Hard News Days
I feel like I haven’t known what to do, what to say, for weeks. Weeks of sad news, heartbreaking stories of loss, of violence, relentless hatred. Made sense to let my book blog go dark for a bit, felt weird to be blithering about mysteries and spaceships and libraries in the face of the news.
Saw this OwlTurd comic, it resonated.
I work at maintaining optimism. I try to work from the belief that people around me are doing their best at any given moment. And to push myself to do my best and give my best. I work on accepting where I am, where people are, to meet us where we are and work from there. (Yes, sometimes it really, really takes work. But it’s important to me.)
Reading the news is heartbreaking, frustrating to feel helpless and crushed by the weight of World Events. I try to have faith. And man, does it take work, sometimes! It takes careful curation of my media, whether news outlets, social media, or reading preferences.
This resonated, too.
I know it’s my duty as a citizen and information professional to read the news, to stay informed, to bear witness. To read the experiences, fiction and nonfiction, of those whose voices are marginalized or under threat.
I also know that if I don’t counterbalance the news I consume with a pretty steady diet of fiction I can trust to have a reassuring, happy ending, I’m probably going to cry. Or scream. I need stories to help me feel steadier and less heartbroken about the fate of the world. (Even with seeking out positive endings and optimistic literature, I know I should be reading and reviewing more diverse voices, across different cultures and experiences. That’s on me to do better on the blog.)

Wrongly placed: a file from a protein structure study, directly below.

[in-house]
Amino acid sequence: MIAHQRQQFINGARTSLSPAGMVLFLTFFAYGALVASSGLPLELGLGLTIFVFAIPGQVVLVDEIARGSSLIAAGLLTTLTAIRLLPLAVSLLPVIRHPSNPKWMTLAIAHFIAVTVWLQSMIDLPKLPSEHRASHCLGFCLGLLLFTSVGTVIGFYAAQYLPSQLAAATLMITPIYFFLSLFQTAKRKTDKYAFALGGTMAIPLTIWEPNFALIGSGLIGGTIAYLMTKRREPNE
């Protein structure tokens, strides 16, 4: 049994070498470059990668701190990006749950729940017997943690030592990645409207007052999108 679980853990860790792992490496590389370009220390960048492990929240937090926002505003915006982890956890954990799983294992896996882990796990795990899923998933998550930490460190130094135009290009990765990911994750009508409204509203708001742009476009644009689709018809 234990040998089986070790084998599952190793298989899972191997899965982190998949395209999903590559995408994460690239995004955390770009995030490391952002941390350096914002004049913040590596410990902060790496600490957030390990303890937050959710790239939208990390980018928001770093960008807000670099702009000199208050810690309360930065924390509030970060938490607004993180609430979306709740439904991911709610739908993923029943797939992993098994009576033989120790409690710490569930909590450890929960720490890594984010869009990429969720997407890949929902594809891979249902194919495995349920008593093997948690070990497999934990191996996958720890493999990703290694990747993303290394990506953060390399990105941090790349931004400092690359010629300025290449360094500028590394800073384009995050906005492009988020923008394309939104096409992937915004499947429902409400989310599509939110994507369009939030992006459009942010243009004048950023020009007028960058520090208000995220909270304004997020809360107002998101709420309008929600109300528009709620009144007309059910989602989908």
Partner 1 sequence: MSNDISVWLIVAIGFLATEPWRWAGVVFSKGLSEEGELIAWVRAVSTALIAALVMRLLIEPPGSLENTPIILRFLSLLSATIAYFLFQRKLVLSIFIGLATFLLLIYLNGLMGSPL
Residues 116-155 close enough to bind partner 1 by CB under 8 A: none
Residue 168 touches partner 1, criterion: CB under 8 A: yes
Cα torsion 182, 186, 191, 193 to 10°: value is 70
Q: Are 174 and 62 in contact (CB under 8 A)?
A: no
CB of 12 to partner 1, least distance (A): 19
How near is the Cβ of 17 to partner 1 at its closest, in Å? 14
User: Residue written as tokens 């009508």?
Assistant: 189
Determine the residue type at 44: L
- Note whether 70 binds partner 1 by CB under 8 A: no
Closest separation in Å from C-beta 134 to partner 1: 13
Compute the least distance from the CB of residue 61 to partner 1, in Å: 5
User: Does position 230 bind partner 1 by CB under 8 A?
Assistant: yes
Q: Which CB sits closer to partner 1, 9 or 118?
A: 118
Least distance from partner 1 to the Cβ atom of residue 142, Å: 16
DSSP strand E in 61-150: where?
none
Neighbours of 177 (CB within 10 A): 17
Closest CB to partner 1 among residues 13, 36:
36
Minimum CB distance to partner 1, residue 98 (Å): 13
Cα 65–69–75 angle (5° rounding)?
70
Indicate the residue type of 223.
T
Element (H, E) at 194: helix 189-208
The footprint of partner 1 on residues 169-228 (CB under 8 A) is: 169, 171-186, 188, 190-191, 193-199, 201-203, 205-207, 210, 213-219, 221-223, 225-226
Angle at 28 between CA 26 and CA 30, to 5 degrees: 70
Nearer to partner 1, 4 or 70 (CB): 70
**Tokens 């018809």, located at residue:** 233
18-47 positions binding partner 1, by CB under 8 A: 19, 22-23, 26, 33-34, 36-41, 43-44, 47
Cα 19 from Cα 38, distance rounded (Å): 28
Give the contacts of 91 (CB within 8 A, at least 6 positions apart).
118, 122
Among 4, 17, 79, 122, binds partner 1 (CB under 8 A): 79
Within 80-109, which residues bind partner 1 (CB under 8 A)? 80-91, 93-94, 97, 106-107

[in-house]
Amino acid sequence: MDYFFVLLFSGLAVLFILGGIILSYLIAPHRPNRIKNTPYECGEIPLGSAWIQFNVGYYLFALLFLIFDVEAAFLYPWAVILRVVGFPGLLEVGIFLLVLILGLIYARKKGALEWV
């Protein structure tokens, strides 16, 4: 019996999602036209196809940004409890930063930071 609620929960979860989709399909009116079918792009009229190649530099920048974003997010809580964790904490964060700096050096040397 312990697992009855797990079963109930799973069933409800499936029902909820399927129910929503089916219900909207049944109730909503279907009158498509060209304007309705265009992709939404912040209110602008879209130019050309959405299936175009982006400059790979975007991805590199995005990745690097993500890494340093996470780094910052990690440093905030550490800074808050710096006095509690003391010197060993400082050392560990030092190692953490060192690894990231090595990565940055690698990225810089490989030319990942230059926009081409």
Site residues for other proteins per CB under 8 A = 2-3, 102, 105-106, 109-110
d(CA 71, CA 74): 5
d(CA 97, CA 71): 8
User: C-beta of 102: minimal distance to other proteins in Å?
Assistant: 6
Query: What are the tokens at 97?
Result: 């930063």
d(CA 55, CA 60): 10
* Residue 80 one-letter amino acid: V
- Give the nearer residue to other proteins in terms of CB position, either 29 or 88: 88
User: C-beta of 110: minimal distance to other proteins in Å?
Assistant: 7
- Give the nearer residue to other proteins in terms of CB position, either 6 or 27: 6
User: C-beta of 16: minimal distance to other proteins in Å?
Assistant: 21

Been thinking about writing this post for a few weeks. Because it felt spectacularly tone-deaf to blither along with just another round of book reviews or happy and whimsical link lists. I hate that there’s any number of tragedies and heartbreaks in the news, near and far, that could have inspired me to think and write these thoughts. But there it is.
Having woken up to the news about more violence this week, I felt helpless. I felt overwhelmed by how much violence is ravaging our country. Coming in to make flyers and to read tweets seemed pointless.
But then I remembered I was going to the Library.
At its core, a public Library is one of the few places on earth with no sides.
Everyone is welcome no matter what race, creed, religion, skin color, sexual orientation, gender identity, political view, or any of the other ways we divide and categorize each other.
I feel like today more than ever, the Library reminds us that we can work together. We have this place in each of our communities that stands up proud and tall and invites everyone in to be fed emotionally, intellectually, and yes sometimes literally.
I work in a college library, with students who are learning and building skills. I can help with research, push critical thinking, help polish job applications and cover letters. Offer books and articles that expand perspectives. So there’s that, to feel actually positive about.
I believe in trying to stay optimistic and upbeat, trying to encourage people. Sometimes, it takes work. Sometimes, I need to retreat behind a barricade of books for a bit.
I’m doing my best. I trust that you are, too.